Once upon a time, American workers earned enough in wages to afford to purchase goods and services produced in America by American workers. Those days began to end in the 1980s. Americans began the long, slow decline in our standard of living by downsizing our expectations and our purchases, substituting cheaper goods where possible and borrowing against our paper assets in the stock market and our homes when we resisted downsizing. That is an example of chained wages, where wages do not keep up with the cost of living. Borrowing against our paper assets came to a screeching halt in 2007 at the beginning of the Great Recession.
Now some in Washington are advocating a chained CPI, a way to refigure and reduce the annual cost of living increase for retirees and other recipients of so-called “entitlements.” Using the rationale that less income will force Americans to further downsize our purchases, proponents of a chained CPI want us to substitute pet food for human food and later substitute no food for pet food. Instead of American made durable goods, we are expected to substitute Chinese made not-very durable goods retailed by big-box discounters. The current government calculated COLA adjustment to entitlement programs is totally inadequate. To reduce it further in order to save the 1% from paying additional taxes is a high crime and misdemeanor truly worthy of impeachment of any legislator who supports it.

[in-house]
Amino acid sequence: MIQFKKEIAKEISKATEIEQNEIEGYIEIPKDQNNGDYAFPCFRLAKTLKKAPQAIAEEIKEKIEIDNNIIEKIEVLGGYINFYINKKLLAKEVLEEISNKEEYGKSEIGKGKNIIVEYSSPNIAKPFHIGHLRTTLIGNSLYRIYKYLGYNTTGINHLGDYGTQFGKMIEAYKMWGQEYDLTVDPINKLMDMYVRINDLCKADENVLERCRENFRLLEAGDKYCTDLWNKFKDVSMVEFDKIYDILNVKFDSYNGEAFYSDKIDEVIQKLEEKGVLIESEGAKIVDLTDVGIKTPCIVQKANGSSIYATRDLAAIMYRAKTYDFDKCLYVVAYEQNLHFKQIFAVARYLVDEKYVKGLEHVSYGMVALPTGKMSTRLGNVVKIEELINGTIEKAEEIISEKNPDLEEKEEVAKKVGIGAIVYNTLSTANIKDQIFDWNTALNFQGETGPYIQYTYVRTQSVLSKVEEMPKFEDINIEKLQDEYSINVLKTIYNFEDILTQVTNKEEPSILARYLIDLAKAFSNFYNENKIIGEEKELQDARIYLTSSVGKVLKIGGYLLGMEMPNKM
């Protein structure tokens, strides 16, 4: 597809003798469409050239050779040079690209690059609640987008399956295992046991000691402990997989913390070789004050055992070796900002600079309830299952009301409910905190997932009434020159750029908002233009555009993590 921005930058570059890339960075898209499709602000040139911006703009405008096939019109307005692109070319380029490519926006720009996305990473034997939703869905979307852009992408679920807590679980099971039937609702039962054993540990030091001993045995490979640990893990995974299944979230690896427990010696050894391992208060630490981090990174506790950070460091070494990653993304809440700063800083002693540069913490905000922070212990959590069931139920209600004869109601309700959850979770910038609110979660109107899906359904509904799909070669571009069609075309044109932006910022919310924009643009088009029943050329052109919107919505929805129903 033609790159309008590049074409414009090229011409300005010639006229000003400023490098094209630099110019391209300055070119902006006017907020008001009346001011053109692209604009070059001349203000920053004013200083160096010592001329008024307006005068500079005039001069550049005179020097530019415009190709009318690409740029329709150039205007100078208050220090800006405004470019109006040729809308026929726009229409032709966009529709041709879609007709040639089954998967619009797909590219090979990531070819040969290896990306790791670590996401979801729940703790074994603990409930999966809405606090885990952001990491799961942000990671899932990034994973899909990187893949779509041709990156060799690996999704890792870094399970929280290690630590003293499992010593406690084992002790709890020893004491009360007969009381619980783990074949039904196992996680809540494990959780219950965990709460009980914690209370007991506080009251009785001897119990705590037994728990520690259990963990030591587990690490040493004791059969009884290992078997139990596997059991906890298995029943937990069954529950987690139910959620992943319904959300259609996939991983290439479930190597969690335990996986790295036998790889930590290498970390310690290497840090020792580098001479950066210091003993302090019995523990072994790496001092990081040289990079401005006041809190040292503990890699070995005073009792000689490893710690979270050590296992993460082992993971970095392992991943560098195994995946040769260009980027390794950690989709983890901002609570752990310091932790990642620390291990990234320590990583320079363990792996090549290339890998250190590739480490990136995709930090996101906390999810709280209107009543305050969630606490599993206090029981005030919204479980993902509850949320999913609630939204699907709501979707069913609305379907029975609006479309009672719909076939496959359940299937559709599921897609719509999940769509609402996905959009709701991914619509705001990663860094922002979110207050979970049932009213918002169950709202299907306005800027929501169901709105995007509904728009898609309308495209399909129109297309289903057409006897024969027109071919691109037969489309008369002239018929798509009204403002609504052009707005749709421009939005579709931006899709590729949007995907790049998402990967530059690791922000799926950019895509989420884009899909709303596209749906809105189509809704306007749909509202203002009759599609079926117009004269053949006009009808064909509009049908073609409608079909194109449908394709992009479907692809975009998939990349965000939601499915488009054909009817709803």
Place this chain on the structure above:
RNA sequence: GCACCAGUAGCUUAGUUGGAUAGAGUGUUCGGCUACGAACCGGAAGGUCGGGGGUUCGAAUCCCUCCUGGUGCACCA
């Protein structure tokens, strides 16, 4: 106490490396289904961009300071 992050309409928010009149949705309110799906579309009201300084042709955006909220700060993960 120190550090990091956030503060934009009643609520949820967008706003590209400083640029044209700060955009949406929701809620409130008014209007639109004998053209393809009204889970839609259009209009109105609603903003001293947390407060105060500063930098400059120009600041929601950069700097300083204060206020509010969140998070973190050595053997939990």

- Andrea Coombes’ Ways and Means: What’s ahead for Social Security in 2013 (marketwatch.com)
- Everything you need to know about Chained CPI in one post (washingtonpost.com)